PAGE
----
by Elizabeth McGinn on March 18, 2021
by Anna Pomeroy ’23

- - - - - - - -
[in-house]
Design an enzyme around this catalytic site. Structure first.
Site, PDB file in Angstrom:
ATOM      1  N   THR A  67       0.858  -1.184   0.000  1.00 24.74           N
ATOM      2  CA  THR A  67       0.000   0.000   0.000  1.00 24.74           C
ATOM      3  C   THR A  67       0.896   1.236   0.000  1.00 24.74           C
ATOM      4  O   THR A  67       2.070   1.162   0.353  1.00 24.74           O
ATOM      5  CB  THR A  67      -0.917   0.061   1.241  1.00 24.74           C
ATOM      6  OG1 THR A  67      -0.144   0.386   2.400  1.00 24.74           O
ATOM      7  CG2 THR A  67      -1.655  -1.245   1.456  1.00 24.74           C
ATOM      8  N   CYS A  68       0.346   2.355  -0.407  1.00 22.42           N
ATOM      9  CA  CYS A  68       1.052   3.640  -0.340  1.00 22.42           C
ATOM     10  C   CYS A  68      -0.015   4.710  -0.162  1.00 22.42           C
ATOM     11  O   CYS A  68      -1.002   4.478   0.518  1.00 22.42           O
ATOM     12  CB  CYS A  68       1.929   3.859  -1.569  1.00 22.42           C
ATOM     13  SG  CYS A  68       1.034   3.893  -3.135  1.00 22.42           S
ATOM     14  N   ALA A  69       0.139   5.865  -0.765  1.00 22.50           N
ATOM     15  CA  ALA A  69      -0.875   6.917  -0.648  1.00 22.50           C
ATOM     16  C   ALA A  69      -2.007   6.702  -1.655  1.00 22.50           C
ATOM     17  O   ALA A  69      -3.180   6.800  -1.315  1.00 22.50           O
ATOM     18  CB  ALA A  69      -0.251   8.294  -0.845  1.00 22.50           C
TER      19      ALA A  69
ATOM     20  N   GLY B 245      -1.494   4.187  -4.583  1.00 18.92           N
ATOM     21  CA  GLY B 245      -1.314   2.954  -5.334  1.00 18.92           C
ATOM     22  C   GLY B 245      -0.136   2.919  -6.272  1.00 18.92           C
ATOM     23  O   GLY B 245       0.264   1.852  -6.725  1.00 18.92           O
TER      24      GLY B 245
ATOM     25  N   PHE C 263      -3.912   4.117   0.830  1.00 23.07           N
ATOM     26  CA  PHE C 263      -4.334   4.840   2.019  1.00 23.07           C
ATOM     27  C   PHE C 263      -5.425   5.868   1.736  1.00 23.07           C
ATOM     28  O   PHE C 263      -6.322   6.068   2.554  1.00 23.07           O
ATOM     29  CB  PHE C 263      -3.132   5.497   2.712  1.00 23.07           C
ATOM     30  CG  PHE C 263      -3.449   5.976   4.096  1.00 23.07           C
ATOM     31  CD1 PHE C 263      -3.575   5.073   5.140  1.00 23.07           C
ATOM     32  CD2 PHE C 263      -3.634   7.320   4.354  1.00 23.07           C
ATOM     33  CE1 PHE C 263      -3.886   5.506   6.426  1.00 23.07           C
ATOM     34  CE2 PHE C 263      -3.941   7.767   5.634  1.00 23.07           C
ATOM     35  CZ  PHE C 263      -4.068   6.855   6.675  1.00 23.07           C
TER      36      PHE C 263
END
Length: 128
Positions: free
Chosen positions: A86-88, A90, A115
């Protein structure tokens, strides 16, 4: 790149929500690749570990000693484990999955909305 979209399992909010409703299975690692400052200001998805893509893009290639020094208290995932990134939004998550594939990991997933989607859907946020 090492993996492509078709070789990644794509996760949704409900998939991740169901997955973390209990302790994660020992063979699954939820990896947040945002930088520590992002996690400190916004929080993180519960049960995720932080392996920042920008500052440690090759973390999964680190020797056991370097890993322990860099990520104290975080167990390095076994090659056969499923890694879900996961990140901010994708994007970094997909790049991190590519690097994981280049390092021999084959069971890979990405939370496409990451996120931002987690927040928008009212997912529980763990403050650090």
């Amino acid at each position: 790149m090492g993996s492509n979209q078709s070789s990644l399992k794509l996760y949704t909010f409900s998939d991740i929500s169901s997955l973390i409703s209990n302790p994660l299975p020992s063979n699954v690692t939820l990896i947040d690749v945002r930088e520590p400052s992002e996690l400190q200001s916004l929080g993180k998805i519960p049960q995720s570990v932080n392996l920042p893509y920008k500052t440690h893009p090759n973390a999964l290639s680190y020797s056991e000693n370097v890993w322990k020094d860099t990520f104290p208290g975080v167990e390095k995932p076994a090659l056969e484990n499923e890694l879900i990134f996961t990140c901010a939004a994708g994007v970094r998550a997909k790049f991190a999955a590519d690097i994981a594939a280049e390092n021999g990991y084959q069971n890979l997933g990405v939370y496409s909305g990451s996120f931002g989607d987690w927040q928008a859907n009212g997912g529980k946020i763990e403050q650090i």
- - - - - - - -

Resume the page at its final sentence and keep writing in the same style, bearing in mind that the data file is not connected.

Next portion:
It’s quite an odd sensation—the quick plunge into the depths of the tundra water. And while I haven’t truly experienced it, I can imagine the freezing temperatures and numb chills being mistaken by the bubbles glistening across every goosebump as they stream up the surface of skin. I would never romanticize the act of drowning, but I do see it like a rollercoaster ride. The extreme panic that overtakes the body as their vision is immediately blinded by the water collapsing on top of their head is replaced in a matter of moments. Drowning, while seemingly a sufferable experience, is over in a matter of a minute. While our body endures the first few seconds of fighting for breath and attempting to reach back up for air, we become so comfortable with the body that it eventually breaks. The battle ends as the lungs allow water to invade the host. I can only imagine the grand feeling of peace that implodes in the disappointment of losing the fight. As the body sinks and darkness creeps across from the periphery, the sensation of peace overcomes it. Facing up, the body falls into the dark, undiscovered depths of the water, leaving all troubles of life left on the shore. It’s crazy how a visual based on escape strips away the glory of existence in just a matter of moments.